The difference between a food allergy, an intolerance, or a food sensitivity can be really confusing. Many people say that have an allergy to a certain food, when in fact they have an intolerance or sensitivity. It’s important to understand the difference, because a true food allergy has the potential to be life-threatening.
A food allergy actually triggers an immune system response in your body. This means that your immune system sees the food as an invader like a bacteria or a virus, and it goes into overdrive to deal with it. Immune cells mobilize to deal with the invader, and your body releases histamines and other chemicals to help wipe it out. When high amounts of histamines are released however, it can inflame and damage your tissues, causing sometimes severe symptoms, such as hives, swelling, and anaphylactic shock. This is especially dangerous when a food allergy (or any severe allergy) involves your airways or gastrointestinal tract.
An allergic food reaction occurs very quickly. In addition, in most cases a food allergy is not dose dependent. This means that eating even a small amount of a food allergen has the ability to trigger a severe reaction. That’s because it’s not actually the food that causes the reaction, but your body’s release of histamines, which can be set off by any amount of the offending food.
A food intolerance is also often called a food sensitivity. If you have a food sensitivity, it usually doesn’t affect your immune system to produce a histamine reaction. Instead, a food intolerance produces symptoms over a longer period of time—from hours to days, and the symptoms most frequently affect your digestive tract. The most common symptoms of a food intolerance include gas, bloating, cramping, and diarrhea. Over time, regularly eating a food that you have an intolerance for can cause other symptoms not related to your digestion, such as headaches, cough, a runny nose, and generally feeling unwell. Some of the most common food intolerances include an intolerance to the gluten found in grains, a sensitivity to certain food additives (dyes, artificial sweeteners, or flavorings), and lactose intolerance, which is caused by a deficiency in the digestive enzyme you need to digest dairy products. https://www.verywellhealth.com/food-intolerance-1324184 https://www.medicalnewstoday.com/articles/263965.php
Treating Food Allergies and Intolerances
The simplest and most effective thing you can do if you have a food allergy or intolerance is to avoid the offending food. In most cases if you have a food allergy, it’s usually pretty clear what’s setting off your immune system. However, what if you suspect you have a food intolerance, but are unsure what’s causing your symptoms? Or what if you’re sensitive to more than one food? Or what if you’re just feeling unwell and wonder if it’s something you’re eating? At BodaHealth, we have some answers. Our naturopathic physicians, holistic nutritionists and acupuncture practitioners can help you in different ways.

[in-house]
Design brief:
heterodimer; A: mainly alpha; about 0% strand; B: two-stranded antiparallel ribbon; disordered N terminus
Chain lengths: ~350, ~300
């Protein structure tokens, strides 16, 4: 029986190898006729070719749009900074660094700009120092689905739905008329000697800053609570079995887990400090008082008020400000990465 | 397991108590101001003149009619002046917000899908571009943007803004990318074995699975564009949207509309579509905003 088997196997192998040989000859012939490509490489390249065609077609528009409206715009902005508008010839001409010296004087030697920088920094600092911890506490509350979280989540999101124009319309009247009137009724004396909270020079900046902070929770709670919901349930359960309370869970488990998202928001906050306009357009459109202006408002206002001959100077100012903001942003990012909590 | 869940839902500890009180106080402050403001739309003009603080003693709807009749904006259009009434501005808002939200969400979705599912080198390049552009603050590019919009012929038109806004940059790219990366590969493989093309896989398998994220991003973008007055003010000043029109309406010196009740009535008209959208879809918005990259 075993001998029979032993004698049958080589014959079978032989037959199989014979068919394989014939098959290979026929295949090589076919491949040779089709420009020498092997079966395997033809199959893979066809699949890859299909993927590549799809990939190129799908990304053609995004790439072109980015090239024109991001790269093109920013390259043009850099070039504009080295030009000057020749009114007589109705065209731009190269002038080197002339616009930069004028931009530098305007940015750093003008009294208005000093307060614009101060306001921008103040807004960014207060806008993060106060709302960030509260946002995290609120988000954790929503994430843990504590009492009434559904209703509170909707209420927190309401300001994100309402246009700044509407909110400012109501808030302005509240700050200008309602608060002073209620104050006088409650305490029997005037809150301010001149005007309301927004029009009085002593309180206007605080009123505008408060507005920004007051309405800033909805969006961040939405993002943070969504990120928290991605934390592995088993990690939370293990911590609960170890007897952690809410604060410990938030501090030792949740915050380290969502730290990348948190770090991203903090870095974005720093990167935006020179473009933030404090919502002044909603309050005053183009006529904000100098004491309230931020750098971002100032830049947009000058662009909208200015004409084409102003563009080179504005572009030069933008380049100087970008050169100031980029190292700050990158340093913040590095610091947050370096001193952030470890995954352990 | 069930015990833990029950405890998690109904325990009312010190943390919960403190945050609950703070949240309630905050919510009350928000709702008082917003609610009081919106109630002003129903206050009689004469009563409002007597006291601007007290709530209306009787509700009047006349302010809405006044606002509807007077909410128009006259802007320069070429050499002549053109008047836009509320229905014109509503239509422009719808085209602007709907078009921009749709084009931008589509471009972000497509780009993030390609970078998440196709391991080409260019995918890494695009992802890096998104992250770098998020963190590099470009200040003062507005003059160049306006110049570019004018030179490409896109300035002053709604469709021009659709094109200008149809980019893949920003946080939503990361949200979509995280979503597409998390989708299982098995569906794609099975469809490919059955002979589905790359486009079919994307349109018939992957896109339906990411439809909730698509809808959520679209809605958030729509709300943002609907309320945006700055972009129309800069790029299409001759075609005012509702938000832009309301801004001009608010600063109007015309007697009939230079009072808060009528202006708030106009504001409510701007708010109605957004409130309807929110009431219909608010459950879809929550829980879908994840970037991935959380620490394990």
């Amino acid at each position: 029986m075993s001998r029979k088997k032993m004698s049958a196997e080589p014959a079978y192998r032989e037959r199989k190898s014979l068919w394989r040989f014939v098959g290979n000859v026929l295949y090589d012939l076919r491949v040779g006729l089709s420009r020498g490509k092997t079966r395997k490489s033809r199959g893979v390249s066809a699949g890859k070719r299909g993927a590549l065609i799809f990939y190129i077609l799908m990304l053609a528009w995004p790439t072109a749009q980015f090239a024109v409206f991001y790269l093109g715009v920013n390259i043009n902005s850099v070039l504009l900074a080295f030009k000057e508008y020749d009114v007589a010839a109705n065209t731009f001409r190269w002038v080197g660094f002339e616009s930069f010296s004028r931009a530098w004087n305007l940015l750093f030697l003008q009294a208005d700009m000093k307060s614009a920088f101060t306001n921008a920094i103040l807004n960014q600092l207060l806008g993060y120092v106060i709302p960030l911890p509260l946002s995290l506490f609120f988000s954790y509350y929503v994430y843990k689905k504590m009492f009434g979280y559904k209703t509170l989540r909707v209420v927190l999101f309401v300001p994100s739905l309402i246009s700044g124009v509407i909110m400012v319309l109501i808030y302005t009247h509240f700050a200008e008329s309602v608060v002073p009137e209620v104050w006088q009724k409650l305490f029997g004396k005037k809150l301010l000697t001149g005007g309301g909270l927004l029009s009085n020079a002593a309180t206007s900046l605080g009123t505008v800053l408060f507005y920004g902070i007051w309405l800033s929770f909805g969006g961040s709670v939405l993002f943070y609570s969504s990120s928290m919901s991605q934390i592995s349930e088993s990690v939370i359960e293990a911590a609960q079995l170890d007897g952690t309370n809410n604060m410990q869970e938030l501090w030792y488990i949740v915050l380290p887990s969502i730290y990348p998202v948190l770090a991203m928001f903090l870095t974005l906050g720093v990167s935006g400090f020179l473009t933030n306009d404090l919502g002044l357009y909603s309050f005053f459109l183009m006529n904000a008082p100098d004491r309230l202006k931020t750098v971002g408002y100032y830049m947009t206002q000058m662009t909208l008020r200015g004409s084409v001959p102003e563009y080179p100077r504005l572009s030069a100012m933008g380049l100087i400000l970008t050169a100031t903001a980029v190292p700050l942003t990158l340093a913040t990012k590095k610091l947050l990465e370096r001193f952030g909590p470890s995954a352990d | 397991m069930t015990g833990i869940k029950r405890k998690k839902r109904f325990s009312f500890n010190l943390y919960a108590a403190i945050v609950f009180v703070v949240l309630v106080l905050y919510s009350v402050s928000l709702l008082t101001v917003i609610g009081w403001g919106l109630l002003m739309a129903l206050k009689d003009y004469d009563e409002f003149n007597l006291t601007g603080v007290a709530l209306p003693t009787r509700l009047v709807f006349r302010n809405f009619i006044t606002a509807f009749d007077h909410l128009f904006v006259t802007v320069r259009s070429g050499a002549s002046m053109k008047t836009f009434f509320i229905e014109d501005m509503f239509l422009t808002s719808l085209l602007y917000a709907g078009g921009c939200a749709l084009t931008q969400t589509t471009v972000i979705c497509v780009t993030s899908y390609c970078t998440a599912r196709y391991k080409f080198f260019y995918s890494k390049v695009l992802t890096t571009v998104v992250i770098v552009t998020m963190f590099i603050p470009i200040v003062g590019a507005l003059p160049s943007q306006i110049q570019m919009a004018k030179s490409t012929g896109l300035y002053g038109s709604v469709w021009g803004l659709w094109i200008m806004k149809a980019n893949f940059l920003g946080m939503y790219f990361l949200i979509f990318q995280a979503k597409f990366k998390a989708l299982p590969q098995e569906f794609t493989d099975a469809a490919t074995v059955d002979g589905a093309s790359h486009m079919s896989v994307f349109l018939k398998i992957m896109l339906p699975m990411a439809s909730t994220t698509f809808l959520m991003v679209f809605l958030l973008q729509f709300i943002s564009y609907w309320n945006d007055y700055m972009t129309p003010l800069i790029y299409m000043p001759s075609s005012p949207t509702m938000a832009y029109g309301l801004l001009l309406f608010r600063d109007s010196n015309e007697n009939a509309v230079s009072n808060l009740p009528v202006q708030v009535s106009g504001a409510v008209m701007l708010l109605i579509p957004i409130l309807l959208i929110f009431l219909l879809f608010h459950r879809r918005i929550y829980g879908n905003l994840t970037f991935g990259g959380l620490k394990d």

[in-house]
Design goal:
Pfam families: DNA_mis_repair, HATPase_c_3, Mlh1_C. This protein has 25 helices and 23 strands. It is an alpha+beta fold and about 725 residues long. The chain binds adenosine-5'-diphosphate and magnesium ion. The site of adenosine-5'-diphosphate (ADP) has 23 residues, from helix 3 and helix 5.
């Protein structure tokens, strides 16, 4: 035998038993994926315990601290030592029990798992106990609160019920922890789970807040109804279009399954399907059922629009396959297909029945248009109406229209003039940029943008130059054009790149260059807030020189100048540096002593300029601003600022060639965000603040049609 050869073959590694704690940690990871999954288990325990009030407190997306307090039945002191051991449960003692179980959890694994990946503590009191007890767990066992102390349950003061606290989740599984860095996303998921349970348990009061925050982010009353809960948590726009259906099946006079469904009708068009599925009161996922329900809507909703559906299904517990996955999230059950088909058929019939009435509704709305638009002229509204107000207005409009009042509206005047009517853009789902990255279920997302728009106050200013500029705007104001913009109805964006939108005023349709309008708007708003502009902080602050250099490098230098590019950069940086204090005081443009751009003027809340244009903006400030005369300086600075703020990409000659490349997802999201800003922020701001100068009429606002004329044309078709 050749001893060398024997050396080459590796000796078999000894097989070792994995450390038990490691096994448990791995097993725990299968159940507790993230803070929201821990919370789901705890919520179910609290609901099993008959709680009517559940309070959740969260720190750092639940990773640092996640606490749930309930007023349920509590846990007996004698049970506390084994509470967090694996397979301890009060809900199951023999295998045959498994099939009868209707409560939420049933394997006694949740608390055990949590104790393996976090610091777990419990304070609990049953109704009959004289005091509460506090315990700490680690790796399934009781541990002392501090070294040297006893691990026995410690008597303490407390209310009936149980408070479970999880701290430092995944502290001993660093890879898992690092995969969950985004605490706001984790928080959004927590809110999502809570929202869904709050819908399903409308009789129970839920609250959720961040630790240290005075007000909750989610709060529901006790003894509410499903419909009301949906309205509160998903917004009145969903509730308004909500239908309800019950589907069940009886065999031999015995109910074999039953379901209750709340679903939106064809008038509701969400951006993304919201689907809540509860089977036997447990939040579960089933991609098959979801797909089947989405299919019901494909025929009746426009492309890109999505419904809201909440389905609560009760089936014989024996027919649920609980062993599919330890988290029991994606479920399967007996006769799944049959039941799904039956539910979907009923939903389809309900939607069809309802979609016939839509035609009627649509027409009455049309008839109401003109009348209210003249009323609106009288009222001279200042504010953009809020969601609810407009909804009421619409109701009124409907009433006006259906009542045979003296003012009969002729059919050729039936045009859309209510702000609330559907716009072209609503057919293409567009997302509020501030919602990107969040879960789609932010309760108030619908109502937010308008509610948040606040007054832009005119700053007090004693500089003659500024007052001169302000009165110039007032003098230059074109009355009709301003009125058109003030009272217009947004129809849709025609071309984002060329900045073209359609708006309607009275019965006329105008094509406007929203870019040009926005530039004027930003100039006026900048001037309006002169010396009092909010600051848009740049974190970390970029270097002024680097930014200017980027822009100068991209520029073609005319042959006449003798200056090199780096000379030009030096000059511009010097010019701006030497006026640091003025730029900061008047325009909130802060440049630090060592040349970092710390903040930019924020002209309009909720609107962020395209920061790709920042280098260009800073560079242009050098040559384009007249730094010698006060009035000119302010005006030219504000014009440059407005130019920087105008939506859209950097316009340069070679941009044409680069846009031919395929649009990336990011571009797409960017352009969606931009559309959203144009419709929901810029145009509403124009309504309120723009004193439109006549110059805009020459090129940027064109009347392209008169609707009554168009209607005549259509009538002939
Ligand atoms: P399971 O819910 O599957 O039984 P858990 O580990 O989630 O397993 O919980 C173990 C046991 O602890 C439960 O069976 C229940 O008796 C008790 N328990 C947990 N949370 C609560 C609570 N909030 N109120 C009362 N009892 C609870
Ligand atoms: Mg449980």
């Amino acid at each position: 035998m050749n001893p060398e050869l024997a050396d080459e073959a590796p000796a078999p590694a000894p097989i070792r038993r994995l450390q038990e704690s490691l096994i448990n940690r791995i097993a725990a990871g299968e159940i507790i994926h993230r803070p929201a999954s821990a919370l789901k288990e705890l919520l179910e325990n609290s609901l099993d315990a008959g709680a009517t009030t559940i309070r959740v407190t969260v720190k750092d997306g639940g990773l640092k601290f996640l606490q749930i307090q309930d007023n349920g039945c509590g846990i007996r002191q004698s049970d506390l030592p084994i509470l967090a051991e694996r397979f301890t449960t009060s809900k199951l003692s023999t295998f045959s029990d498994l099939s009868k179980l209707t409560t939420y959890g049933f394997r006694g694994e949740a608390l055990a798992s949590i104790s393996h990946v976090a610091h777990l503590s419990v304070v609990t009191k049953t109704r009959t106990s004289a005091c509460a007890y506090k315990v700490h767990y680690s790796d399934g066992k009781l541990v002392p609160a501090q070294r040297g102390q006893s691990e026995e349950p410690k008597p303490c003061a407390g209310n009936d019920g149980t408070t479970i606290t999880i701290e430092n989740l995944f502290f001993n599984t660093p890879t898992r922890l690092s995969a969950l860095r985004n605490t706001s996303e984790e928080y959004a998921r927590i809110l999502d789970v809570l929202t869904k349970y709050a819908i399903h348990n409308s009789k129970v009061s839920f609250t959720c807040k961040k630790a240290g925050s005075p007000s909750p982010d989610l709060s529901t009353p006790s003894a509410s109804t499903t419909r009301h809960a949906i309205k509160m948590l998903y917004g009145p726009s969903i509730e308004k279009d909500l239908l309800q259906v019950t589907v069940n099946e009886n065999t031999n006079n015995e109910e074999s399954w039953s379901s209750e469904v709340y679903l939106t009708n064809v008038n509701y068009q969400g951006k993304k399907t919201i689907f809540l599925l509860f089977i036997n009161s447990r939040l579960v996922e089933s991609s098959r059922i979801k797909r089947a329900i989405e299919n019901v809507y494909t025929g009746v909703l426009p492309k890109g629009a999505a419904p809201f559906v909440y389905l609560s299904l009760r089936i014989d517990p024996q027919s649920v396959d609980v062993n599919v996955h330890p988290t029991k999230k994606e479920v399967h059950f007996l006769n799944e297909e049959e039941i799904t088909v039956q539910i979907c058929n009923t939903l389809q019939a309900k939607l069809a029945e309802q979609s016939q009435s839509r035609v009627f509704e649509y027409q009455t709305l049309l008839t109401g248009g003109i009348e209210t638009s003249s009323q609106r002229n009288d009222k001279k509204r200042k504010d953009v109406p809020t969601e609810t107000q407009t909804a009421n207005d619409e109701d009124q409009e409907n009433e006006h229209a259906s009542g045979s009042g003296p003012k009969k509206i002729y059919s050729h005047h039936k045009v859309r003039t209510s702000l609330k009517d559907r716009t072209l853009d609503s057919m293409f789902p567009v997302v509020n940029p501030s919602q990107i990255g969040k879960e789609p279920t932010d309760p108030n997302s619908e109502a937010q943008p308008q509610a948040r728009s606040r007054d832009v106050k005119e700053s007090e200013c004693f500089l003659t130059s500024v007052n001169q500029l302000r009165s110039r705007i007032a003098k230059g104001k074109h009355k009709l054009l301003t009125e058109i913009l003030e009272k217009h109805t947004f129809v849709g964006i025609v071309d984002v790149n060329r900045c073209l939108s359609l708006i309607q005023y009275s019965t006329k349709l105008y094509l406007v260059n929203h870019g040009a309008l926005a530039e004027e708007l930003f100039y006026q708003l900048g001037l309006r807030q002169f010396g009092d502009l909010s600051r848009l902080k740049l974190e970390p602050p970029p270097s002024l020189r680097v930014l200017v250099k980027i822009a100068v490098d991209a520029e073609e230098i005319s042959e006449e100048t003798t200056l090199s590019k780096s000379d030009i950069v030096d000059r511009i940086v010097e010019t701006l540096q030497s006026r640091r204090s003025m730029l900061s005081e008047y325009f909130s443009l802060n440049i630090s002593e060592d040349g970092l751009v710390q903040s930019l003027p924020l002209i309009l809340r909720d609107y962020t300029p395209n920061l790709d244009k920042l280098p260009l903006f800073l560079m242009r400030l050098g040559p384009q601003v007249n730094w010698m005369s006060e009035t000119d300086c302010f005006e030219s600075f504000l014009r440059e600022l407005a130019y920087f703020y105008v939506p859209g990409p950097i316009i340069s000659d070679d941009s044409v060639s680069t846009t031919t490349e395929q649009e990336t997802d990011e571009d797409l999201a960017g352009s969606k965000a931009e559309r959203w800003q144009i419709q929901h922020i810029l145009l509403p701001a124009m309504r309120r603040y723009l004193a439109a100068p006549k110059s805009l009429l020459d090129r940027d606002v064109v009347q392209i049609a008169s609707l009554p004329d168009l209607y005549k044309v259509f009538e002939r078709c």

Our naturopathic doctors can perform a variety of lab tests and assessments to determine what foods are triggering your symptoms and why. Along with your overall health, they are able to test for nutritional deficiencies, the balance of your gut microbes, the presence of toxins, and the permeability of your gut. Their treatments may consist of vitamin, herbal, or nutritional supplements, dietary recommendations, and lifestyle modifications to help support your overall digestion, enhance immune function, and calm the inflammatory process.
Our acupuncture practitioners work with patients to determine the underlying cause of their food allergy or sensitivity issues from a Traditional Chinese diagnostic framework. This means that they work to understand the weaknesses or imbalances that are causing your digestive or immune system to malfunction. Your treatment plan may include acupuncture, Chinese herbs, food therapy, and other interventions. Early research has documented that Chinese herbs with strong anti-inflammatory and anti-allergy actions can be a promising tool in treating food allergies. https://aacijournal.biomedcentral.com/articles/10.1186/s13223-014-0066-5 https://www.ncbi.nlm.nih.gov/pmc/articles/PMC4276304/ In addition, acupuncture is an important part of your treatment plan as a way to improve your immune function, strengthen your digestion, and support your gut brain axis, the connection between your nervous system and your digestive organs.
At BodaHealth, nutritional strategies will also be a key component in treating your food allergy or intolerance. Our acupuncturists, holistic nutritionists and naturopaths are trained and experienced in working with patients who have food-related reactions. As a way to decrease reactivity, they can:
- Help you identify and eliminate foods that may be causing your symptoms
- Recommend foods that promote good digestion
- Suggest foods and probiotics that support beneficial gut bacteria
- Prescribe a diet that decreases inflammatory reactions
- Suggest food and supplements that support a healthy immune system
Food allergies and intolerances can be confusing, upset your life, and in some cases can be life-threatening. It can be hard to sit down to a dinner with friends or a restaurant meal and worry about whether or not something on the menu might make you sick. At BodaHealth, our practitioners come from a variety of healing disciplines and are committed to helping you untangle the confusion and provide healing strategies for your food allergy, intolerance, or sensitivity. Contact us today to find out how we can best help you.